Alexander Terrell's career placed him at the center of some of the most pivotal events in nineteenth- and early twentieth-century history, ranging from the Civil War to Emperor Maximilian's reign over Mexico and an Armenian genocide under the Ottoman Empire. Alexander Watkins Terrell at last provides the first complete biographical portrait of this complex figure.
Born in Virginia in 1827, Terrell moved to Texas in 1852, rising to the rank of Confederate brigadier general when the Civil War erupted. Afterwards, he briefly served in Maximilian's army before returning to Texas, where he was elected to four terms in the state Senate and three terms in the House. President Grover Cleveland appointed him minister to the Ottoman Empire, dispatching him to Turkey and the Middle East for four years while the issues surrounding the existence of Christians in a Muslim empire stoked violent confrontations there. His other accomplishments included writing legislation that created the Texas Railroad Commission and what became the Permanent University Fund (the cornerstone of the University of Texas's multibillion-dollar endowment).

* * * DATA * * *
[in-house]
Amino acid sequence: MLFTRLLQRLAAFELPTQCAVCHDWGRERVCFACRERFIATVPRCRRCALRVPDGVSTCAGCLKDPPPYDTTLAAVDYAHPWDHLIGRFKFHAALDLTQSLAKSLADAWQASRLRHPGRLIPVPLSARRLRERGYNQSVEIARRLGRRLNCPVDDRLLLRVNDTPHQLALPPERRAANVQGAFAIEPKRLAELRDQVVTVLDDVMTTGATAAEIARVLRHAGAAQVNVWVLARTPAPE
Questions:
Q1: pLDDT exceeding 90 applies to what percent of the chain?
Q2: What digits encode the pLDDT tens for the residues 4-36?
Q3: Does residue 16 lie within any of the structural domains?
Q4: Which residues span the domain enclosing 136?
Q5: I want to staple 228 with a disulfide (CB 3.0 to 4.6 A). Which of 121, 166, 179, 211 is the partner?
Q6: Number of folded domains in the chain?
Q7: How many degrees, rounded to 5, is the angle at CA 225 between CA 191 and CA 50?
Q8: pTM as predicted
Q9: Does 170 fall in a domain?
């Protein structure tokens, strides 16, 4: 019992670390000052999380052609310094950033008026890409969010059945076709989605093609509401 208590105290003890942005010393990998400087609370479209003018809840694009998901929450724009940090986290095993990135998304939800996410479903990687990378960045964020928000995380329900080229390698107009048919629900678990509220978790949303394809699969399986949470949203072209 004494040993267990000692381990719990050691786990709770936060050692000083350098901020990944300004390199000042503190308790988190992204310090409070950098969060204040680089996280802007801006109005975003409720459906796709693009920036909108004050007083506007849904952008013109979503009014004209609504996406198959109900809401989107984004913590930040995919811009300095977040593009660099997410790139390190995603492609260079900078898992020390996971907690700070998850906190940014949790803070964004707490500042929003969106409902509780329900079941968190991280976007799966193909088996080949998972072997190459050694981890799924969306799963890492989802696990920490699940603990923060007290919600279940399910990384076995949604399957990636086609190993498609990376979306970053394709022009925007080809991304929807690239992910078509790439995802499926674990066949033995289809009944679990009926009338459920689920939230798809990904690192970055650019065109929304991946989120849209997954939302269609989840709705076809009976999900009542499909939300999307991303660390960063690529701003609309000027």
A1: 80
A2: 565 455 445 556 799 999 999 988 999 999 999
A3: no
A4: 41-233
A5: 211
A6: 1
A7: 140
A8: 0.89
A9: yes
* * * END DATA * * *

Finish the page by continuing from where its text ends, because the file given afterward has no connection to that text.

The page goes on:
In this balanced exploration of Terrell's life, Gould also examines Terrell's views on race, the impact of the charges of cowardice in the Civil War that dogged him, and his spiritual searching beyond the established religions of his time. In his rich and varied life, Alexander Watkins Terrell experienced aspects of nineteenth-century Texas and American history whose effects have continued down to the present day.